Transgender teens outrun track and field competitors but critics close behind

Some people say the teens should not be allowed to run against non-trans girls.

June 13, 2018, 4:02 PM

Some parents within Connecticut's high school track and field circle expressed outraged when two transgender students took home top prizes at the state championships for girls.

Transgender high school sophomores Terry Miller and Andraya Yearwood came in first and second place, respectively, in the 100-meter race at the State Open Finals June 4, angering some parents who complained they had a competitive advantage over non-transgender students.

Miller, who also won the top prize for the 200-meter race representing Bulkeley High School in Hartford, and Yearwood were born male, but they now identify as females.

Athletic conference rules allow high school athletes to compete based on the genders with which they identify. Critics say the rules give male-to-female transgender people a competitive edge over cisgender women -- whose biological sex matches their gender identity -- because some have higher testosterone levels than non-trans females.

“I think it’s unfair to the girls who work really hard to do well and qualify for Opens and New Englands [competitions],” sophomore sprinter Selina Soule, who finished sixth in the 100-meter State Open Finals, told the Hartford Courant. “These girls, they’re just coming in and beating everyone. I have no problem with them wanting to be a girl.”

Andraya Yearwood is a sophomore star on the track team at Cromwell High School in Conn.

Many social media users seemed to agree with Soule’s sentiment. A video of Miller’s crossing the finish line at the championship had attracted more than 120,000 comments and 500 retweets and “likes” on Twitter as of Wednesday afternoon as people went back and forth about whether the teen possessed a biological advantage over other racers.

“These girls worked hard only to be cheated because science deniers allowed two boys to steal what they worked so hard for,” one Twitter user commented, while others urged the non-trans girls to boycott their respective teams until the rules are changed.

ABC News has been unable to reach Miller and Yearwood.

The Connecticut Interscholastic Athletic Conference [CIAC], which governs high school sports, said its rules are in alignment with state law.

Connecticut law would need to be changed before the CIAC could alter its policy, the organization said, but that hasn’t stopped people from challenging the rules.

At least two petitions were in circulation after the race, according to the Hartford Courant, which interviewed parents who were in favor of the rule change. The petitions had about 150 signatures as of June 4, the paper reported.

Cyd Zeigler, the author of “Fair Play: How LGBT Athletes Are Claiming Their Rightful Place in Sports” and a co-founder of news website Outsports, said the petitions were “discouraging.”

“I’m really tired of hearing about unfair advantages. The way our entire society is designed, transgender people have inherent disadvantages everywhere they turn,” Zeigler told ABC News. “They want to call these advantages unfair, as though if you’re a cisgender person that any advantage that you might have over someone else are fair.

“But any advantages that a transgender athlete might possibly have are automatically deemed unfair. Why is that,” he asked.

Parents in Connecticut were outraged after a transgender student took home the top prize in this year's state championship.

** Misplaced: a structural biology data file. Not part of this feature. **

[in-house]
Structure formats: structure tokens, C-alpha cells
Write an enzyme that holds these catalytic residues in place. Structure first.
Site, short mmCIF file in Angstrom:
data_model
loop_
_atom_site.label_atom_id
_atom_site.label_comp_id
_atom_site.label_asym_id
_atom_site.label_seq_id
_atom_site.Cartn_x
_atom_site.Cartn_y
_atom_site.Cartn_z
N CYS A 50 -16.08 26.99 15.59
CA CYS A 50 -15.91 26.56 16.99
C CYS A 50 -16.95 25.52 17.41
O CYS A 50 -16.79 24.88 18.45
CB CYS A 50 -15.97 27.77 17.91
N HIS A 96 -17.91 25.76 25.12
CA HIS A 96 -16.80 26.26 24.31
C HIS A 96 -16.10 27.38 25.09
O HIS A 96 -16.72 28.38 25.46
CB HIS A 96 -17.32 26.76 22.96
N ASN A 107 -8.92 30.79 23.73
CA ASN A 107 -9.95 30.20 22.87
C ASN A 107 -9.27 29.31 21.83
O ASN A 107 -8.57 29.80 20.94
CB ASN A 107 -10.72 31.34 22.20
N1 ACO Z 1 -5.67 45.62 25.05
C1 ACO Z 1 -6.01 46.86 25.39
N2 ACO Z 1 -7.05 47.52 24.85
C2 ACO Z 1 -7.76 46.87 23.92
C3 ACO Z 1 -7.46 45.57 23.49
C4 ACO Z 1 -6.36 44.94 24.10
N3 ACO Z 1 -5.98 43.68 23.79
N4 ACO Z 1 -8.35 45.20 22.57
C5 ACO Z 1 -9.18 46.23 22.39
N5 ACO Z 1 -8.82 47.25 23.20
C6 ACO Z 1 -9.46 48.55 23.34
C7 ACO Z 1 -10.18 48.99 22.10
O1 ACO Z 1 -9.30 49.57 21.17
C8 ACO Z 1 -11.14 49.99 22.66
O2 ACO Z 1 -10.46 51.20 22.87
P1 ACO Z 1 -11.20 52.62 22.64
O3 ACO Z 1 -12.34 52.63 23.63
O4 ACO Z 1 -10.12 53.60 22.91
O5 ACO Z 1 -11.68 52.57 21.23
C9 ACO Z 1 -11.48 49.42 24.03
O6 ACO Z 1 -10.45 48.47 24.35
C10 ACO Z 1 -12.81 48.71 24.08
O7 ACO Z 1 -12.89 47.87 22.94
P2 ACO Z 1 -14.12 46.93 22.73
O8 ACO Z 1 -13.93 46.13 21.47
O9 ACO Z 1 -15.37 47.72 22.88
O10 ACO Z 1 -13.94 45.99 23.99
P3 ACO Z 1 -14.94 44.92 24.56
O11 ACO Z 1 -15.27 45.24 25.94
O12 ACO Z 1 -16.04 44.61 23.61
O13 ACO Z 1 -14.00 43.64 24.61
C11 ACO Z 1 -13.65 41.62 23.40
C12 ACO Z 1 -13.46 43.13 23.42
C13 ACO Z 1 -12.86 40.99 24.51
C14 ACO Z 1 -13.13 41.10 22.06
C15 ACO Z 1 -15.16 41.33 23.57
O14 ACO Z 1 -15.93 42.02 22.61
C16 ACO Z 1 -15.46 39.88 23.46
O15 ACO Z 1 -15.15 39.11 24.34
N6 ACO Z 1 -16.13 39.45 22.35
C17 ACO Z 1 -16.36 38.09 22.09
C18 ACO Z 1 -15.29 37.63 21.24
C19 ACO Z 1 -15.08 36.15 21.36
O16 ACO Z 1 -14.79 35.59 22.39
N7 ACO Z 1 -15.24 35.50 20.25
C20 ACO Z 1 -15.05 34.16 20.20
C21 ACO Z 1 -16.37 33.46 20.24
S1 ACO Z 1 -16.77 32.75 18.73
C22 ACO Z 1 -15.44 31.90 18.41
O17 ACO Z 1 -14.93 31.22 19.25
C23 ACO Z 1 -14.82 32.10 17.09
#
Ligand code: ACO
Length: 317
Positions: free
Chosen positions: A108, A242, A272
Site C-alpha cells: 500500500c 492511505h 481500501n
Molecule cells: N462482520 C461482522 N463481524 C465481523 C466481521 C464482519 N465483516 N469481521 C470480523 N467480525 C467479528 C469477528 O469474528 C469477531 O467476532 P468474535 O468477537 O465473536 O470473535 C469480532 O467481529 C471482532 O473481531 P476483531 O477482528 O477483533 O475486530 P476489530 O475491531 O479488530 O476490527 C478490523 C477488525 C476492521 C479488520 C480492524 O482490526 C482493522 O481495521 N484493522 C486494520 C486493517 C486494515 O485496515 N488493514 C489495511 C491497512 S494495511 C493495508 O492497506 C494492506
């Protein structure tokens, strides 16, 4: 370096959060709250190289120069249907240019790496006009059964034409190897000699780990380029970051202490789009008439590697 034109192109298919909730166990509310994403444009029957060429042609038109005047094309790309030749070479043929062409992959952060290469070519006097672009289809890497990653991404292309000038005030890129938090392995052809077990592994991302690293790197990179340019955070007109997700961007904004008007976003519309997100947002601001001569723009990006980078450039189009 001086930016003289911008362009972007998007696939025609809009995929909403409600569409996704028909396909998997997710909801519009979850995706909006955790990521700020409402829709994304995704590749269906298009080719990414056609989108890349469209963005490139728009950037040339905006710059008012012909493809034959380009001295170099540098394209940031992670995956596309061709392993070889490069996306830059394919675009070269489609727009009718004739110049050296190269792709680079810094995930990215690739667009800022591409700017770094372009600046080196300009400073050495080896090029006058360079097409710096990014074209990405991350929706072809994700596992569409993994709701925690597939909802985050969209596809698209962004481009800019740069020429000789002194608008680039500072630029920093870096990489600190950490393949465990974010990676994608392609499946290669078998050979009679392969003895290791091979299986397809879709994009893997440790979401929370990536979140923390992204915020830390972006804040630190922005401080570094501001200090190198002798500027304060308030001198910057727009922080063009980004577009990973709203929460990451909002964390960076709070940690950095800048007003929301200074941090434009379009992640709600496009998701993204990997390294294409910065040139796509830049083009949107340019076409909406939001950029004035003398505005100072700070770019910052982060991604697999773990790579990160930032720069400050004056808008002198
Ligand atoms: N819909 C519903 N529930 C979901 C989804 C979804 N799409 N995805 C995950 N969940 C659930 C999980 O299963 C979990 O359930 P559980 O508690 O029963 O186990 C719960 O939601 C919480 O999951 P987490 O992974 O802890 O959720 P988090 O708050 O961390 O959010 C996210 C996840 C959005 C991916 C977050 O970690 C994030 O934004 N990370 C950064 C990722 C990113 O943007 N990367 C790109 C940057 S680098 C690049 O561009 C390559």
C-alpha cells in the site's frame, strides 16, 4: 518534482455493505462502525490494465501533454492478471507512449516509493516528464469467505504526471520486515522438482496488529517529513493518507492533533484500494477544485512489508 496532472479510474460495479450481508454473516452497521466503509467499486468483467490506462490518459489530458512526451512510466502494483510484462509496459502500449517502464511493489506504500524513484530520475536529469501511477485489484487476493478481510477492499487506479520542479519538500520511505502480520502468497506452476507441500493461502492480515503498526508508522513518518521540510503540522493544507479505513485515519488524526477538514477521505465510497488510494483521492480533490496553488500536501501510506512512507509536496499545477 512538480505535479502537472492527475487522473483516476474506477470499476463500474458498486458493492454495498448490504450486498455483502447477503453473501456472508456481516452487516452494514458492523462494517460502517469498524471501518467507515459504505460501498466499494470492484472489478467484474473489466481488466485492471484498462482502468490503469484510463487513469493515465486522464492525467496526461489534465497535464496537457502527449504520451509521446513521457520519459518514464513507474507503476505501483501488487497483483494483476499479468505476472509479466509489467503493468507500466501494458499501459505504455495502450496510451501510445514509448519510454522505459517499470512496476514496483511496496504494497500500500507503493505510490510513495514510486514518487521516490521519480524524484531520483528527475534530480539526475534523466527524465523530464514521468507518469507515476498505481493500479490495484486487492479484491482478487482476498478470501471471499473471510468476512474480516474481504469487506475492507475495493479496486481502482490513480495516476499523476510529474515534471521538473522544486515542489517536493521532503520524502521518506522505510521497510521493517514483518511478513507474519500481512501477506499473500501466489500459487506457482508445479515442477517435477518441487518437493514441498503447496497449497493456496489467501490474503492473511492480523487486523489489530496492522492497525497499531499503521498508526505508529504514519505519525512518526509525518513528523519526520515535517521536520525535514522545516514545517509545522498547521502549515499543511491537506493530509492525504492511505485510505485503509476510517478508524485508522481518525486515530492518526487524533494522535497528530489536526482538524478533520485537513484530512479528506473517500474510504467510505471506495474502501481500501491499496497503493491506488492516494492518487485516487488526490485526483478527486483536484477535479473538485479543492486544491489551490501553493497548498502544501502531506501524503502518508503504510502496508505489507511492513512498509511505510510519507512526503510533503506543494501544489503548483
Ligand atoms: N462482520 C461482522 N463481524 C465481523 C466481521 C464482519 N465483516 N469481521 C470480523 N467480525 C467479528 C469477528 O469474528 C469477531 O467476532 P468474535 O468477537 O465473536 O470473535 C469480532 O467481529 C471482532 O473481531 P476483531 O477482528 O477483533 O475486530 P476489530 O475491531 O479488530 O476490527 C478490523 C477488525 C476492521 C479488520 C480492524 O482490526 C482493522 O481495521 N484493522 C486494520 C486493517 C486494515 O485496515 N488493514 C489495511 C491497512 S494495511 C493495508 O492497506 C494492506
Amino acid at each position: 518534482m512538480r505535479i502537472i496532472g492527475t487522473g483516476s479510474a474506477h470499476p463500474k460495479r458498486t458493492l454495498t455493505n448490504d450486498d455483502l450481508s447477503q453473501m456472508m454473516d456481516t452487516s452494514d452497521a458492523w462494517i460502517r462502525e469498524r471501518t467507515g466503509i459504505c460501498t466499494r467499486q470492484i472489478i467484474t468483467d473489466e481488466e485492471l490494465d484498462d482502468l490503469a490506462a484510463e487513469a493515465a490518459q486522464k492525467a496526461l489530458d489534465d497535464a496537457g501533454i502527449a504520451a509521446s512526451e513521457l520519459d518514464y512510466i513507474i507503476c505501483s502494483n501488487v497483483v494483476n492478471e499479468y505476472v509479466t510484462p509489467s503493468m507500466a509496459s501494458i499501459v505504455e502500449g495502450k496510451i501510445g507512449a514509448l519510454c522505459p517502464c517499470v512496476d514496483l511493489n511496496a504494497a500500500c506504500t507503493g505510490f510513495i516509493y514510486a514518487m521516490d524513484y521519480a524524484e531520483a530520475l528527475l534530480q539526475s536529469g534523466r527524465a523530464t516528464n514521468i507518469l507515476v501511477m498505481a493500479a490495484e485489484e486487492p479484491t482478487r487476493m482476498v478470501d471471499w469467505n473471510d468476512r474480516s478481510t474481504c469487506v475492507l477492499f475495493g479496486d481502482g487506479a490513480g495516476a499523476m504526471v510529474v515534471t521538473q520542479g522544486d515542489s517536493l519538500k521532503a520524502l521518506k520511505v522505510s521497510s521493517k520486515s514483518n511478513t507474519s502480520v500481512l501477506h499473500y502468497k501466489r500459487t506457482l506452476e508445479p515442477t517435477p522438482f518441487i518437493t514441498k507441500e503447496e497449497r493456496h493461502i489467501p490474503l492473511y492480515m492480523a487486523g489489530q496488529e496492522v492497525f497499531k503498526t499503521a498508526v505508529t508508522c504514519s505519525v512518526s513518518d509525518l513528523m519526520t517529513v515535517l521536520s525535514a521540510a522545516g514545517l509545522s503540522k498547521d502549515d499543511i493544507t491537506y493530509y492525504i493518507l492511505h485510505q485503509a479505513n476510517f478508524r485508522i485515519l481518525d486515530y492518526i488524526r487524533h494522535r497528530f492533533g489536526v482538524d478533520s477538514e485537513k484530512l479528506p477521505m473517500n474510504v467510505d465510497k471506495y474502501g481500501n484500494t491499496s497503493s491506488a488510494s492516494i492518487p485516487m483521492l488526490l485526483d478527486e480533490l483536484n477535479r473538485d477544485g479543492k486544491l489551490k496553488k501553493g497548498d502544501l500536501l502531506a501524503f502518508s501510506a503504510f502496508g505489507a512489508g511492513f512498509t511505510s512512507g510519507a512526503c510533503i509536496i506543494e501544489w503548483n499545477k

It’s highly unlikely that Connecticut will change its policy and “move backwards” on its transgender inclusion efforts, Zeigler said.

“The country is a patchwork of transgender sports policies at different levels in different states,” Zeigler said. “Connecticut happens to have a very open policy, while Texas has a very closed policy, where you must compete as the gender on your birth certificate”

Chris Mosier, who made history as the first openly trans man to compete on the men’s U.S. national team at the International Triathlon Union Duathlon World Championships in June, said the petitions are examples of what can happen when adults lack understanding of transgender culture.

“Transgender athletes, and particularly transgender girls, face so much resistance and discrimination within sports, as well as the rest of society,” Mosier said. “We can’t just assume that these athletes are winning because they’re transgender. It’s possible that they’d be beating these other student-athletes if they were cisgender.”

He commended Miller and Yearwood, the teenage racers from Connecticut, for having the courage to come out as transgender at such early ages.

“As you can see from the situation in Connecticut, it takes a very strong person to both be their authentic selves and to continue to play the sports that they love,” Mosier said. “I think trans girls face a lot of discrimination and it is much more severe than it is for trans boys.”

Like Zeigler, Mosier said the criticism surrounding the Connecticut track stars should be taken just as seriously as any other anti-transgender behavior.

“Trans girls are girls,” Mosier said. “They should be treated as girls and they should be able to participate with the other girls in their class. We need to dismantle some of these stereotypes and myths and fears that people have about who we are as people.”

Yearwood, a sophomore at Cromwell High School in Cromwell, Connecticut, faced similar criticisms last year when she captured the 100-meter State Open title, but she said she didn’t let it bother her.

"I guess since I was always different I learned to deal with it and grow tougher skin over it," Yearwood said in an interview with ABC New Haven affiliate WTNH last year.

"I'm extremely grateful because I've heard of stories where some people don't get the same opportunities as me and have had to go through really hard times with this."